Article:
Gertjan van Noord (1961) was born in Culemborg. After obtaining a masters degree (cum laude) in Linguistics at the University of Utrecht, he obtained his PhD degree on the "reversibilty in natural language processing" at this university with Jan Landsbergen and Jan van Eijck. Since 1992 he is affiliated to the Faculty of Arts of the University of Groningen at which he holds a professorship. He is a member of the Executive Board of the Association of Computational Linguistics and co-founder of the Computational Linguistics in the Netherlands CLIN working-group. Van Noord is well-known for his open source natural language processing tools, including Alpino, FSA Utilities, Hdrug, and Textcat.
Gertjan van Noord (Faculty of Arts, University of Groningen, The Netherlands)
15:45 Closing
Distributed Deep Web Search

The World Wide Web contains billions of documents (and counting); hence, it is likely that some document will contain the answer or content you are searching for. While major search engines like Bing and Google often manage to return more or less relevant results to your query, there are plenty of situations in which they are less capable of doing so. Specifically, there is a noticeable shortcoming in situations that involve the retrieval of data from the deep web. Deep web data is difficult to crawl and index for today's web search engines, and this is largely due to the fact that the data must be accessed via complex web forms. However, deep web data can be highly relevant to the information-need of the end-user. This thesis overviews the problems, solutions, and paradigms for deep web search. Moreover, it proposes a new paradigm to overcome the apparent limitations in the current state of deep web search, and makes the following scientific contributions:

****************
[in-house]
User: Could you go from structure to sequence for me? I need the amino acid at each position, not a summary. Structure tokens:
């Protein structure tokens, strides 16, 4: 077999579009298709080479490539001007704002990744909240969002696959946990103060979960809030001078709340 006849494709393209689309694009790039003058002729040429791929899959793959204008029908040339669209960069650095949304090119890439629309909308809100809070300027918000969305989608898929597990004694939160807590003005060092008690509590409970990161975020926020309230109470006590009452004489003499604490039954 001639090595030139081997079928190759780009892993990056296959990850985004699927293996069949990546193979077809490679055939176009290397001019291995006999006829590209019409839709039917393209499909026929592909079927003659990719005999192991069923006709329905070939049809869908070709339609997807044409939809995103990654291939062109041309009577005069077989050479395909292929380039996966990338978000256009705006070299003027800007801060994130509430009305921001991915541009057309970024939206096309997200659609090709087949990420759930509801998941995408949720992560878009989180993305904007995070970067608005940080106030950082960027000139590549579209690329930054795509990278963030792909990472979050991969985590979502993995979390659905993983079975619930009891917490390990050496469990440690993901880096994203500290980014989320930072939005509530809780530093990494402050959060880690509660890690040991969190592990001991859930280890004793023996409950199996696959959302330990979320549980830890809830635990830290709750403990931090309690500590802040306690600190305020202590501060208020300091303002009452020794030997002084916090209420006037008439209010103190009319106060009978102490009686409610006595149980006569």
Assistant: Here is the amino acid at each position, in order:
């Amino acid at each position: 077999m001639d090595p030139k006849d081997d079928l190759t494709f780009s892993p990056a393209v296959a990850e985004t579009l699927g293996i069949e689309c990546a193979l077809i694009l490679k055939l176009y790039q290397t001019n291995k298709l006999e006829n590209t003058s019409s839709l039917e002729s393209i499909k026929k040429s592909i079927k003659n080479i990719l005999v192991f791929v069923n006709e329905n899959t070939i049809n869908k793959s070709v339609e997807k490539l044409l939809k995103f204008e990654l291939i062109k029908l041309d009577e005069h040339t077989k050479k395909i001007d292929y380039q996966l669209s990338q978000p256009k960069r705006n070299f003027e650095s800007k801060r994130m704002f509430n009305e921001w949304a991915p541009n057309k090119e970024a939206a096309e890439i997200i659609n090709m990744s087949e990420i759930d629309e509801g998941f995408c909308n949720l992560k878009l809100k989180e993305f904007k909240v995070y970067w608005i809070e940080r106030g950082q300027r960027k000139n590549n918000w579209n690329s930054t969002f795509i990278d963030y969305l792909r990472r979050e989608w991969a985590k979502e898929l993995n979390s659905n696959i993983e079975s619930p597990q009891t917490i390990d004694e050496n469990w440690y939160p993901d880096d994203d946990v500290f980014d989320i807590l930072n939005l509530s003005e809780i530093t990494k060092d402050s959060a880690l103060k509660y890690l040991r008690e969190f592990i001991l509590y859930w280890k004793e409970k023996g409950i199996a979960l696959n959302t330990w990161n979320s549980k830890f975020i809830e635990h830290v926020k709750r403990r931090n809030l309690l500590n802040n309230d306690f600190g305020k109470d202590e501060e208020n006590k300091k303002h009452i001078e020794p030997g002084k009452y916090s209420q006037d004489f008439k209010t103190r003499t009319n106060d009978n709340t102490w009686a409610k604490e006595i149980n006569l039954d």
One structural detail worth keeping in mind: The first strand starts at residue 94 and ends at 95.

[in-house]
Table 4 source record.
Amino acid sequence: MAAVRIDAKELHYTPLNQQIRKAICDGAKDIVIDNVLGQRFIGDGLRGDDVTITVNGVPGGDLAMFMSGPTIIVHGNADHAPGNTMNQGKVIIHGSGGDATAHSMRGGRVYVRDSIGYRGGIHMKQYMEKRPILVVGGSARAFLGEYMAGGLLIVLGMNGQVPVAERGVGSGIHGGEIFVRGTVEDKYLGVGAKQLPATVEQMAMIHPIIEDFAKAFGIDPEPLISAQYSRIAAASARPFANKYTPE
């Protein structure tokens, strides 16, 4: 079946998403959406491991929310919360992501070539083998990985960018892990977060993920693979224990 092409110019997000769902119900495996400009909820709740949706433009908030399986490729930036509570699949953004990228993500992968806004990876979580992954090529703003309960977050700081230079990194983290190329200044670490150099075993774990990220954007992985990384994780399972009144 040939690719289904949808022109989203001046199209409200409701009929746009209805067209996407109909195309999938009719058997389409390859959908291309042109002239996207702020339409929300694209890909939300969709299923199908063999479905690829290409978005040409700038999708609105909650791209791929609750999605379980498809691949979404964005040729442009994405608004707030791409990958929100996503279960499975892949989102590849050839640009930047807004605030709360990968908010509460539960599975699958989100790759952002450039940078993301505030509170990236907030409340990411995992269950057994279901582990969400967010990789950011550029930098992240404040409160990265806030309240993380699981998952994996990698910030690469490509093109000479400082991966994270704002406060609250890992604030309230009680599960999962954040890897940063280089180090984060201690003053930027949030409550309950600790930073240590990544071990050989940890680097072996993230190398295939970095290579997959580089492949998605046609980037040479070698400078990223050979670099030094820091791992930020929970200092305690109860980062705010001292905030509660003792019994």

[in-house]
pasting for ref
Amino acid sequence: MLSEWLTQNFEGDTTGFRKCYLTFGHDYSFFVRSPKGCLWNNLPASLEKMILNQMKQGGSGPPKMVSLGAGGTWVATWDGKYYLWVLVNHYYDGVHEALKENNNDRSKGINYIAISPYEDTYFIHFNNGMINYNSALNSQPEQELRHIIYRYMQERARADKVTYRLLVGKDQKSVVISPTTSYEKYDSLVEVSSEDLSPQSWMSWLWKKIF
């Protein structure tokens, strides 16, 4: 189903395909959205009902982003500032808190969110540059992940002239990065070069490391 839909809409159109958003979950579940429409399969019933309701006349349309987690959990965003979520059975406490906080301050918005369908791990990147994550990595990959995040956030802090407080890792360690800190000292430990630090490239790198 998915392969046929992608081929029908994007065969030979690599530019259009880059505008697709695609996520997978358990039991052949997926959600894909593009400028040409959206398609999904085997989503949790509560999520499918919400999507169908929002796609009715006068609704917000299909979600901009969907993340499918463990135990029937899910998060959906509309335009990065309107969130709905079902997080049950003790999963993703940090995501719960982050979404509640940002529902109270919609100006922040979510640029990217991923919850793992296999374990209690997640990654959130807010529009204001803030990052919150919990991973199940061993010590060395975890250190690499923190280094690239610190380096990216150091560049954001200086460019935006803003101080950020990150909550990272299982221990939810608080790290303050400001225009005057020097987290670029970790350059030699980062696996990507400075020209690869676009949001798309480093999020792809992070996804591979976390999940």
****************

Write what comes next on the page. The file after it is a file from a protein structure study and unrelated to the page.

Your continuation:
1. A more specific classification scheme for deep web search systems, to better illustrate the differences and variation between these systems.
  2. Virtual surfacing, a new, and in our opinion better, deep web search paradigm which tries to combine the benefits of the two already existing paradigms, surfacing and virtual integration, and which also raises new research opportunities.
  3. A stack decoding approach which combines rules and statistical usage information for interpreting the end-user's free-text query, and to subsequently derive filled-out web forms based on that interpretation.
  4. A practical comparison of the developed approach against a well-established text-processing toolkit.
  5. Empirical evidence that, for a single site, end-users would rather use the proposed free-text search interface instead of a complex web form.
Analysis of data obtained from user studies shows that the stack decoding approach works as well as, or better than, today's top-performing alternatives.

PhD Defense by Kien Tjin-Kam-Jet (University of Twente)


CTIT Centre for Telematics and Information Technology
SIKS Netherlands research school for Information and Knowledge Systems


Please send your name and affiliation to if you plan to attend the symposium, and help us estimate the required catering.

Organizers: Djoerd Hiemstra and Franciska de Jong.